Lawn and Garden
Unlike much of the country we don’t need to put our “gardens to bed for the winter”. While winter is the perfect time to inspect the underlying structure of your garden and make any necessary changes to enhance its appeal, winter here can be a great to time to be in the yard gardening as well. The days are shorter, the sun's intensity less, and there are fewer insects and diseases around to attack your plants. This allows cool weather seedlings and transplants the luxury of growing slow and strong to maturity. Besides, in winter, there is less weeding, watering and care involved. There's time to harvest plants as needed, knowing they will hold in the garden longer than if they are growing under high heat conditions. The soil holds moisture longer in fall so the garden requires less watering. My favorite reason to garden now is we have more comfortable weather to work in.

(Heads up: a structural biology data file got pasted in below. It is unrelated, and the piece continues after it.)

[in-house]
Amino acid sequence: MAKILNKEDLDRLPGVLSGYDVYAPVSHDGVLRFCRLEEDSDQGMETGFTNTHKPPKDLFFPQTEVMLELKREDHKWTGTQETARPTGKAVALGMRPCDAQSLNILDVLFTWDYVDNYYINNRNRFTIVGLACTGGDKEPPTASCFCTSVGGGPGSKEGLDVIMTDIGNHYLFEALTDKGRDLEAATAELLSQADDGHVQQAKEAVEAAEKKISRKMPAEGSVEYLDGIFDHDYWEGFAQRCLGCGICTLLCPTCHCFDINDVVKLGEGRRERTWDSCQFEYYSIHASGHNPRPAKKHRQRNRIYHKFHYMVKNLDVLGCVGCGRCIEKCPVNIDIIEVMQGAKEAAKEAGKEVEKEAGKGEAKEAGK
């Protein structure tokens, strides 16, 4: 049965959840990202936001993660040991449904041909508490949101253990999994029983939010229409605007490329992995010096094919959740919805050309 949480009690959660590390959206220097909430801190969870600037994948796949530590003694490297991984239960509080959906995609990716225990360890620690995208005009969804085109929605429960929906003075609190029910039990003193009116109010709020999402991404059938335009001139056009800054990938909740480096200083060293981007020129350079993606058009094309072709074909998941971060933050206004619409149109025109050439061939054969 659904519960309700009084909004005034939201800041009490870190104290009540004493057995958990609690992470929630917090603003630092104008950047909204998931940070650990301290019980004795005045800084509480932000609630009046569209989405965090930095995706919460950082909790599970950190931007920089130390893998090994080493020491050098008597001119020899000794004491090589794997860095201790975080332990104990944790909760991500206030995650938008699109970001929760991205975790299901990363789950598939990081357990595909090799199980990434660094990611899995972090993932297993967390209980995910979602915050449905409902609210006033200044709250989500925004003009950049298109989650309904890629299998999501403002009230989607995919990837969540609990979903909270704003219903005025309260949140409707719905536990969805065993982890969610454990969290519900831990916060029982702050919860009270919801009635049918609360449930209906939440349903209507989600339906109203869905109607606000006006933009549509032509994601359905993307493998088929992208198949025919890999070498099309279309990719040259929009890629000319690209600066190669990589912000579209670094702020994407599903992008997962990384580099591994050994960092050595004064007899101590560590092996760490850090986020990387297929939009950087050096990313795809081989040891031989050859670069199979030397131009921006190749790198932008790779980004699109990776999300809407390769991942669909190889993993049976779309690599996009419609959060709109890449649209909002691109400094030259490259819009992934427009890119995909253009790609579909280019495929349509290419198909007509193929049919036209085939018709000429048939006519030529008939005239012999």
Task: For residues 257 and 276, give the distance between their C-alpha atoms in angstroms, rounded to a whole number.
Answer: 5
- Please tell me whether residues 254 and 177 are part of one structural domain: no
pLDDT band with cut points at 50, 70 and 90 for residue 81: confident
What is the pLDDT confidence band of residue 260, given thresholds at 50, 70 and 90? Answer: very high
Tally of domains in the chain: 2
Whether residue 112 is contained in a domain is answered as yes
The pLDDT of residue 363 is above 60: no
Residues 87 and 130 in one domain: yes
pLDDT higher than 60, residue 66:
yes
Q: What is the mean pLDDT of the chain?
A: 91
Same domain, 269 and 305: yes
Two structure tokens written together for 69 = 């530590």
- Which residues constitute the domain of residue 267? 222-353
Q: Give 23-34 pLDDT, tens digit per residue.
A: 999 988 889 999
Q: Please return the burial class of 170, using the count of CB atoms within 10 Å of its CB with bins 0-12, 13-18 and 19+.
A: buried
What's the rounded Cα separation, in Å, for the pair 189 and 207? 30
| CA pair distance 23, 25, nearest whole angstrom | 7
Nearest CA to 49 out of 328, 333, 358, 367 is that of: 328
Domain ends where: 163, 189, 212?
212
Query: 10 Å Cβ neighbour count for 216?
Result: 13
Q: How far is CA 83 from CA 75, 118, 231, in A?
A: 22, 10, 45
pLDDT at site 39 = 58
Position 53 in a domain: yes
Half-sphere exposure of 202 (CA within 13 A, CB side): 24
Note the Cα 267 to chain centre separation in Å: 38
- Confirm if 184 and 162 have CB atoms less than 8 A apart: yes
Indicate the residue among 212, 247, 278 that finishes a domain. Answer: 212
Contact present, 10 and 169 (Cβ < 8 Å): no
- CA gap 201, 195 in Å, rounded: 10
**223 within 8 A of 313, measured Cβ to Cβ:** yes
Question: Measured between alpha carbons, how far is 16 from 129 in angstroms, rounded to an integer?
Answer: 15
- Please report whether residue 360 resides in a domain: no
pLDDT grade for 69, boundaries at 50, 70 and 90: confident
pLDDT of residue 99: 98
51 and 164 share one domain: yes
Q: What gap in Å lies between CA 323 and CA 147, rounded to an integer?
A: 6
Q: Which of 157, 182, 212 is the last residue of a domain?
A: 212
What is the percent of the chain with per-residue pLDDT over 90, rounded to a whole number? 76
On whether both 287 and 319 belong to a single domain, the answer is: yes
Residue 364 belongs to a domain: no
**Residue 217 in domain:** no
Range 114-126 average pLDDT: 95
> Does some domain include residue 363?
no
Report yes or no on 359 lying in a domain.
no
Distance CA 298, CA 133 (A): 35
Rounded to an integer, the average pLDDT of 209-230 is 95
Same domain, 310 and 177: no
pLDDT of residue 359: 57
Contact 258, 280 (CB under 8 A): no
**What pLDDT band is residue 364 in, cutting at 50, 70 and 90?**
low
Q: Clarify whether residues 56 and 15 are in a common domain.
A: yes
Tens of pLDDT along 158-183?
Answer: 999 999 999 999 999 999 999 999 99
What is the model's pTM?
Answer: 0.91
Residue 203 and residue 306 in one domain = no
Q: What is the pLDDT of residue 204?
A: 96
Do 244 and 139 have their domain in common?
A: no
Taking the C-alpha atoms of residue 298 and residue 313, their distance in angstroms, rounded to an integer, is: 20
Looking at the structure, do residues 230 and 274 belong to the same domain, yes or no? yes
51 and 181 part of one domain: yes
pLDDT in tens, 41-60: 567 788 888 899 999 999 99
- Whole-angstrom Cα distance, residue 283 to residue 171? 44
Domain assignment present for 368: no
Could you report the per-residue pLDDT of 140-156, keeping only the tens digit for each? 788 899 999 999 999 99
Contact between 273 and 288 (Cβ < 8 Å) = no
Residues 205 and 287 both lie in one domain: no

Whether you are growing a winter vegetable garden, planting winter annuals, or seeding up for the spring, you need know that the average first freeze is Thanksgiving weekend. So, make sure you are planting cold hardy vegetables such as broccoli, cabbage, carrots, and collards. For annuals plant things like petunias, snapdragons, alyssums and pansies. If you want to sow seeds for the early spring try hollyhocks, delphiniums, Iceland poppies and phloxes. Remember if you are seeding you may need some cold protection during the germination process. Read the seed pack planting instructions on the back. For more information on what to grow this month in see page 2, the November Planting Guide and check out the North Florida Gardening Calendar website edis.ifas.ufl.edu.